Afghanistan’s Consultative Loya Jirga

On Thursday, November 21, 2013, a council of roughly 3,000[1] Afghan tribal elders, civic leaders and other prominent figures gathered to debate the draft bilateral security agreement (BSA) between Afghanistan and the United States. The council, referred to as a loya jirga (which means “grand council” in Pashto), was called by Afghan President Hamid Karzai to discuss and advise on the terms of the security pact.  By the end of the four-day convention, the vast majority of the Jirga voted <Read More>


What Specific Security Assurances Does the Obama Administration Want?

Persons detained by the U.S. at the Detention Facility in Parwan (DFIP), also known as Bagram, may pose a continuing threat to our security. But the nature of that threat, and how the U.S. plans to mitigate it past 2014, are unknown. Before the U.S. repatriates detainees, it requires security assurances from the host nation. The specifics of the security assurances are largely unknown, and likely changing. But they may be a deciding factor in determining whether the U.S. is <Read More>


US Detainee Transfers: What Responsibilities Does the US Have When Presented with the Risk of Torture in Afghan Prisons?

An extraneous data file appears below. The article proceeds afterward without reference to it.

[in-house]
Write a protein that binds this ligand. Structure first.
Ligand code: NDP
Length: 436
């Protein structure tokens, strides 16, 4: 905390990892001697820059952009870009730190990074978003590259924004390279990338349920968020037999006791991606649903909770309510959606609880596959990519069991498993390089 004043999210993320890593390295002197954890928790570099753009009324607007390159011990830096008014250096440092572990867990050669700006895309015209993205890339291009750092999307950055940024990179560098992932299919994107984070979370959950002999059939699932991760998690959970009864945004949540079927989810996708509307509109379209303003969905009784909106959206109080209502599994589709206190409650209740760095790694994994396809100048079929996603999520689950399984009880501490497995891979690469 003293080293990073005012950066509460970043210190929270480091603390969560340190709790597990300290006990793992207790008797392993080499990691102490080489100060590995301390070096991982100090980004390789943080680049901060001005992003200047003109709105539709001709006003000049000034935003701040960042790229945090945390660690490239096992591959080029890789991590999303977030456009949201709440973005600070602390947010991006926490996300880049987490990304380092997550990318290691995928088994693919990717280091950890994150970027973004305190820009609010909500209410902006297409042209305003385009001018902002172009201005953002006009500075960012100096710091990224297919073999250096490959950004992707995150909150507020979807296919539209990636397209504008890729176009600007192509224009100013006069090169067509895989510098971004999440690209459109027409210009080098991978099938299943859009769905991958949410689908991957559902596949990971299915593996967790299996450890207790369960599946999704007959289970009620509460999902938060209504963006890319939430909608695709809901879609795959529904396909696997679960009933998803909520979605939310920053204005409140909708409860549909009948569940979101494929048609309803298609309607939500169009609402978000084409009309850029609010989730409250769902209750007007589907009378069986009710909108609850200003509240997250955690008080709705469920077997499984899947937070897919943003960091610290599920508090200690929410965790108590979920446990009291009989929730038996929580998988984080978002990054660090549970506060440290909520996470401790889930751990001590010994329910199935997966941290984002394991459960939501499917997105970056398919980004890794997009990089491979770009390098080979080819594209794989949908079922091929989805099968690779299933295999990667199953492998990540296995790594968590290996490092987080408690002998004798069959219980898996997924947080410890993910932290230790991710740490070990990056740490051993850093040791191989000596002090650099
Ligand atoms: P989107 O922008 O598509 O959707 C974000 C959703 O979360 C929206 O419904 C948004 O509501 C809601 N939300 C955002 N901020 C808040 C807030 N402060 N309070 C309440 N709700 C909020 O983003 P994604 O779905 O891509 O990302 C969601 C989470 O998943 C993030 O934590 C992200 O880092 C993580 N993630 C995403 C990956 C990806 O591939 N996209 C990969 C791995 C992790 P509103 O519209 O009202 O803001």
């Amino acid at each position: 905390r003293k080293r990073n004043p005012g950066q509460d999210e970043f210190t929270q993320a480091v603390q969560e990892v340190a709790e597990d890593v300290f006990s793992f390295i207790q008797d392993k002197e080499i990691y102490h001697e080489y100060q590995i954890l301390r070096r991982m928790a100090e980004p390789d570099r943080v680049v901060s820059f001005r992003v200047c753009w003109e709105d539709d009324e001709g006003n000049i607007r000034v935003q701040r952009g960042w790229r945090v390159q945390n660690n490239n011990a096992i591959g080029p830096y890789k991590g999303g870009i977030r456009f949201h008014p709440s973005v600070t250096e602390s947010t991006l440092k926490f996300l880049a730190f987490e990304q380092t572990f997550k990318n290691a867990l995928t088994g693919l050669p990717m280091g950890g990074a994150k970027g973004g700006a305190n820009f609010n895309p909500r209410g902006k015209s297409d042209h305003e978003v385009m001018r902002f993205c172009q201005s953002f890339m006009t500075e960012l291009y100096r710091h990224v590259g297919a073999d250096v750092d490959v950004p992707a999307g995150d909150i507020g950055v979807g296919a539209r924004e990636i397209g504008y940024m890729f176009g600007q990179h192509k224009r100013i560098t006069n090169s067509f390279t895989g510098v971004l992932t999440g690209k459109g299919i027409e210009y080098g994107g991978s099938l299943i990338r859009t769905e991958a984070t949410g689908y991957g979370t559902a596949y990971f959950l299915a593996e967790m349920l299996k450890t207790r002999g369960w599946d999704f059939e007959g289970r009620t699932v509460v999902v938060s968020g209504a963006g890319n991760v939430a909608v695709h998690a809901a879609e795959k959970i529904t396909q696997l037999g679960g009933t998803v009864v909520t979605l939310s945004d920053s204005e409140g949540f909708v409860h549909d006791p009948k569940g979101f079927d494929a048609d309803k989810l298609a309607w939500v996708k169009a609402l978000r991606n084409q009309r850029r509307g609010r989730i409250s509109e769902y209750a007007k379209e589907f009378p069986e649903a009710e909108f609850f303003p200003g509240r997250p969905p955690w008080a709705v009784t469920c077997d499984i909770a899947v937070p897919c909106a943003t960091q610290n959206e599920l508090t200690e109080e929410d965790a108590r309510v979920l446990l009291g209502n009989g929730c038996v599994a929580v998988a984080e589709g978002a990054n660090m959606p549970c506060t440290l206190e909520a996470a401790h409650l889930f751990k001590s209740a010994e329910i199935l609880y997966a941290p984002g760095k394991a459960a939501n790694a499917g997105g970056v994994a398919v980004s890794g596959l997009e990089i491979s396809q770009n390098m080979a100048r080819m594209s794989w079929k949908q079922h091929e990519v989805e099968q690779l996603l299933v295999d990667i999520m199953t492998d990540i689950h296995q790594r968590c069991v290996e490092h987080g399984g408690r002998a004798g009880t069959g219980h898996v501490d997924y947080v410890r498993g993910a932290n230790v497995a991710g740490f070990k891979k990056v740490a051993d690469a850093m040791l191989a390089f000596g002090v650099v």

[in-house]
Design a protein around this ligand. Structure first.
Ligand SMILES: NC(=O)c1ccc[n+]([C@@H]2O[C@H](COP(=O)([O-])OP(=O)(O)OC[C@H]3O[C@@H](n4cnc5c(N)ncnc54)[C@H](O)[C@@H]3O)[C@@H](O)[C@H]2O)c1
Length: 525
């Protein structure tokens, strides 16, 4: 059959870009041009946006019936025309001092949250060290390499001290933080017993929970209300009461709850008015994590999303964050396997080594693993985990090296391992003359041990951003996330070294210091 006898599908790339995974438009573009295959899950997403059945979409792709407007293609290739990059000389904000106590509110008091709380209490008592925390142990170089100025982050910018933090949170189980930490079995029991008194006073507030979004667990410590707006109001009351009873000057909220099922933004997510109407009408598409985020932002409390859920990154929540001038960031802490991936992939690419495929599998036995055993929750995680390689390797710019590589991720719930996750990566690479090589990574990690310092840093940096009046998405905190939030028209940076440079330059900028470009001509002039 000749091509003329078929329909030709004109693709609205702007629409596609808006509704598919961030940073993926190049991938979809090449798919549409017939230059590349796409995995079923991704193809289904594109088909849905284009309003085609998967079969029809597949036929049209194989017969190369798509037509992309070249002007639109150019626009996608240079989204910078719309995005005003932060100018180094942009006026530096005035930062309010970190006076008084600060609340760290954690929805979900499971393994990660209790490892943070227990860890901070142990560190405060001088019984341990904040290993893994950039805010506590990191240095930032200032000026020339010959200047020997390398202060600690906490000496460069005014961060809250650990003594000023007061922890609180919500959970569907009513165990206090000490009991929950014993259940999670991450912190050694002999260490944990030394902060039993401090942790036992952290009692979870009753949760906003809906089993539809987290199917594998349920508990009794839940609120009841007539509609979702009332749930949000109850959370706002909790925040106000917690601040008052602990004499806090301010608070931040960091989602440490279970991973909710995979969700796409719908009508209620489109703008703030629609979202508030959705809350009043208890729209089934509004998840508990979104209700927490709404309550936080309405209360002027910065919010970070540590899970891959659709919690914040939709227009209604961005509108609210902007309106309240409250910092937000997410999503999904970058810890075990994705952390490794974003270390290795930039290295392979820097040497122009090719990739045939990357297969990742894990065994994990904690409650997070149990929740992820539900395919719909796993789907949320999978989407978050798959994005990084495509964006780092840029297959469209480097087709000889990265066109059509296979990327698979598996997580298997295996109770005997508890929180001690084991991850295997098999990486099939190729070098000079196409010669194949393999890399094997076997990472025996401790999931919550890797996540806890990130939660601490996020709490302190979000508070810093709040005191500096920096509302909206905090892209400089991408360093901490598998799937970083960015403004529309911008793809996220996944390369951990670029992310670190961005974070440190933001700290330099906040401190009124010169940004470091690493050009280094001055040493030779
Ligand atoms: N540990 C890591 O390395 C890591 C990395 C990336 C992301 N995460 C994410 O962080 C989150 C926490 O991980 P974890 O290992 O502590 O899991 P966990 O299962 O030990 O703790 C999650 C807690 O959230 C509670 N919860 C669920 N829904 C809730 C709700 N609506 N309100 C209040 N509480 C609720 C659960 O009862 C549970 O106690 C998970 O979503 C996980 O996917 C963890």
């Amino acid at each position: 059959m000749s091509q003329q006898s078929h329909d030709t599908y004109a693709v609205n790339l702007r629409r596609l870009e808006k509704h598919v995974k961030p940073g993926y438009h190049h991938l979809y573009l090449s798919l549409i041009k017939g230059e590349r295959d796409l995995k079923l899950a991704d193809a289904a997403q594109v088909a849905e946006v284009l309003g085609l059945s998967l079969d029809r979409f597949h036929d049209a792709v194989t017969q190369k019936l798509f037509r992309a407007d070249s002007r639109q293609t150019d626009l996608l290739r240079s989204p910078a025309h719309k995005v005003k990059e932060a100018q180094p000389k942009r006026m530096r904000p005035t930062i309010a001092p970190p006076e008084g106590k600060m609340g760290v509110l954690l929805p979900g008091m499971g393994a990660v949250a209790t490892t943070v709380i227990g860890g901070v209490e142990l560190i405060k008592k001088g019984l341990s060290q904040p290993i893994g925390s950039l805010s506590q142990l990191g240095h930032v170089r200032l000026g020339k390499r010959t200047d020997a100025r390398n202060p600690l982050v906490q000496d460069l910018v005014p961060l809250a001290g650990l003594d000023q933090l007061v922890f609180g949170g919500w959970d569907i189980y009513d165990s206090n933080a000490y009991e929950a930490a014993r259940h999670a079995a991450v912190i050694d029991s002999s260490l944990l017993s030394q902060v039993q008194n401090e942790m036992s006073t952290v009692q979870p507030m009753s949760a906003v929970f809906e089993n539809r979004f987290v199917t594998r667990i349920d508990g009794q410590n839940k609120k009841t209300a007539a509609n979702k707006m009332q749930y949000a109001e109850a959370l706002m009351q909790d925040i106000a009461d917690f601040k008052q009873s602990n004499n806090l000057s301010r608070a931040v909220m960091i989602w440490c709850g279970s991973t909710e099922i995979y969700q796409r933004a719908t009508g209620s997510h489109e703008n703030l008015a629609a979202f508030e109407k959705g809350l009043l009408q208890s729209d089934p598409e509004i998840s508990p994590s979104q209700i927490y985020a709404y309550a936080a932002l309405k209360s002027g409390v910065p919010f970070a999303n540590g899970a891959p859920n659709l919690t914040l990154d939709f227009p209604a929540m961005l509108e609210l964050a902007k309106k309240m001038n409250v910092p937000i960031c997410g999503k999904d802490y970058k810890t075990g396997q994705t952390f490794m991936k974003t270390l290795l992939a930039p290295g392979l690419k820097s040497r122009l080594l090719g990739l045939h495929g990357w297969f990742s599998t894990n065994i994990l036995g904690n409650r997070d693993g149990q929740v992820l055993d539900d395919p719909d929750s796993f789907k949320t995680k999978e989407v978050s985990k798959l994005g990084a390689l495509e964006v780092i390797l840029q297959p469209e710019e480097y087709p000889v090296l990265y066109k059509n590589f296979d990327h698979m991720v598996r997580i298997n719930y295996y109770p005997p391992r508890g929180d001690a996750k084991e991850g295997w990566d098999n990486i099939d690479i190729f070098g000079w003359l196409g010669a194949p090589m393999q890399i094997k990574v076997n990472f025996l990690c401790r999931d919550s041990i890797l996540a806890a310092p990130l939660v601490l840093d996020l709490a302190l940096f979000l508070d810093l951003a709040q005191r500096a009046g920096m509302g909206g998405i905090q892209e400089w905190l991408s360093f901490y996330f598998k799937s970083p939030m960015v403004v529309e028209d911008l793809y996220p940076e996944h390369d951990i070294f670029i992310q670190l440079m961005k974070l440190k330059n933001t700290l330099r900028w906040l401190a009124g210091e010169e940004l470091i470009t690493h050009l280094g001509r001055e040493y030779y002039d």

As recently reported by Mike Yang Zhang,[1] a United Nations report released on January 20, 2013 revealed “systematic torture” in many Afghan-controlled detention facilities.[2] Shortly after the U.N. report was released, a delegation was assigned by President Karzai to investigate the allegations of torture.[3] After a two-week investigation, the government panel “acknowledged widespread torture of detainees.”[4] The U.N. report proposed recommendations for eliminating these instances of torture, not only to the government of Afghanistan, but also to “Troop Contributing Countries.”[5] <Read More>


Immunity for U.S. Troops and Detention in Afghanistan

The ongoing negotiations between the United States and Afghanistan regarding the future U.S. military presence in Afghanistan revolve around the crucial issue of immunity of American soldiers from prosecution.[1] The issue of immunity actually stems back directly to the March 2012 Memorandum of Understanding (MoU),[2] an agreement that required the United States to transfer its Afghan detainees to the control of the government of Afghanistan.

The issue of immunity has been historically important to the U.S. military. Traditionally, the U.S. negotiates <Read More>